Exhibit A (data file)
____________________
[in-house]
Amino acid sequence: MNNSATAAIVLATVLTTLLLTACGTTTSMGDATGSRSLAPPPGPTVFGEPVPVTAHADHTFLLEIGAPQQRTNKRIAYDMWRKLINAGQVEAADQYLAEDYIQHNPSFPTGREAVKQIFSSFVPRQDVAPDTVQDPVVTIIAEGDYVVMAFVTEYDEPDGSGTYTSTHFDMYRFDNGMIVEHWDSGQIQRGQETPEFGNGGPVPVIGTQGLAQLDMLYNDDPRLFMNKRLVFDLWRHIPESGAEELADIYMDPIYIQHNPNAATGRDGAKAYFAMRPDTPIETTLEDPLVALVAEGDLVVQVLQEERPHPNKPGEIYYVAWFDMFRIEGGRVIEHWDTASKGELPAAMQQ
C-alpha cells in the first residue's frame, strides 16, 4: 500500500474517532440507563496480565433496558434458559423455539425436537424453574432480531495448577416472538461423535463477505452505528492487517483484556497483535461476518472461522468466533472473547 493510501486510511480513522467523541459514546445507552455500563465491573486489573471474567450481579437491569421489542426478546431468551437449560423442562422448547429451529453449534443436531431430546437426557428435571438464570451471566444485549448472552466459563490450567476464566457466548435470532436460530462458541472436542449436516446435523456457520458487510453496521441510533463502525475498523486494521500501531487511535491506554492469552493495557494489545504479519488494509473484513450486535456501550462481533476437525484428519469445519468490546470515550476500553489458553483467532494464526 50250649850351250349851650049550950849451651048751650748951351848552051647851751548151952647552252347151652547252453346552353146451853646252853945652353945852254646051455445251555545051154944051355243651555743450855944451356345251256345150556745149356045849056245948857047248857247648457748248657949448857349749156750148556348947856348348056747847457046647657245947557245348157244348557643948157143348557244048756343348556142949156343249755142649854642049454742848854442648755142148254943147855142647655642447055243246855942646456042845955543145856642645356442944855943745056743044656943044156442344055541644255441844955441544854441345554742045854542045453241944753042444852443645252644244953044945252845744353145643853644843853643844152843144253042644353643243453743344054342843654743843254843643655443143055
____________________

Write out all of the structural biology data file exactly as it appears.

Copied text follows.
[in-house]
Amino acid sequence: MNNSATAAIVLATVLTTLLLTACGTTTSMGDATGSRSLAPPPGPTVFGEPVPVTAHADHTFLLEIGAPQQRTNKRIAYDMWRKLINAGQVEAADQYLAEDYIQHNPSFPTGREAVKQIFSSFVPRQDVAPDTVQDPVVTIIAEGDYVVMAFVTEYDEPDGSGTYTSTHFDMYRFDNGMIVEHWDSGQIQRGQETPEFGNGGPVPVIGTQGLAQLDMLYNDDPRLFMNKRLVFDLWRHIPESGAEELADIYMDPIYIQHNPNAATGRDGAKAYFAMRPDTPIETTLEDPLVALVAEGDLVVQVLQEERPHPNKPGEIYYVAWFDMFRIEGGRVIEHWDTASKGELPAAMQQ
C-alpha cells in the first residue's frame, strides 16, 4: 500500500474517532440507563496480565433496558434458559423455539425436537424453574432480531495448577416472538461423535463477505452505528492487517483484556497483535461476518472461522468466533472473547 493510501486510511480513522467523541459514546445507552455500563465491573486489573471474567450481579437491569421489542426478546431468551437449560423442562422448547429451529453449534443436531431430546437426557428435571438464570451471566444485549448472552466459563490450567476464566457466548435470532436460530462458541472436542449436516446435523456457520458487510453496521441510533463502525475498523486494521500501531487511535491506554492469552493495557494489545504479519488494509473484513450486535456501550462481533476437525484428519469445519468490546470515550476500553489458553483467532494464526 50250649850351250349851650049550950849451651048751650748951351848552051647851751548151952647552252347151652547252453346552353146451853646252853945652353945852254646051455445251555545051154944051355243651555743450855944451356345251256345150556745149356045849056245948857047248857247648457748248657949448857349749156750148556348947856348348056747847457046647657245947557245348157244348557643948157143348557244048756343348556142949156343249755142649854642049454742848854442648755142148254943147855142647655642447055243246855942646456042845955543145856642645356442944855943745056743044656943044156442344055541644255441844955441544854441345554742045854542045453241944753042444852443645252644244953044945252845744353145643853644843853643844152843144253042644353643243453743344054342843654743843254843643655443143055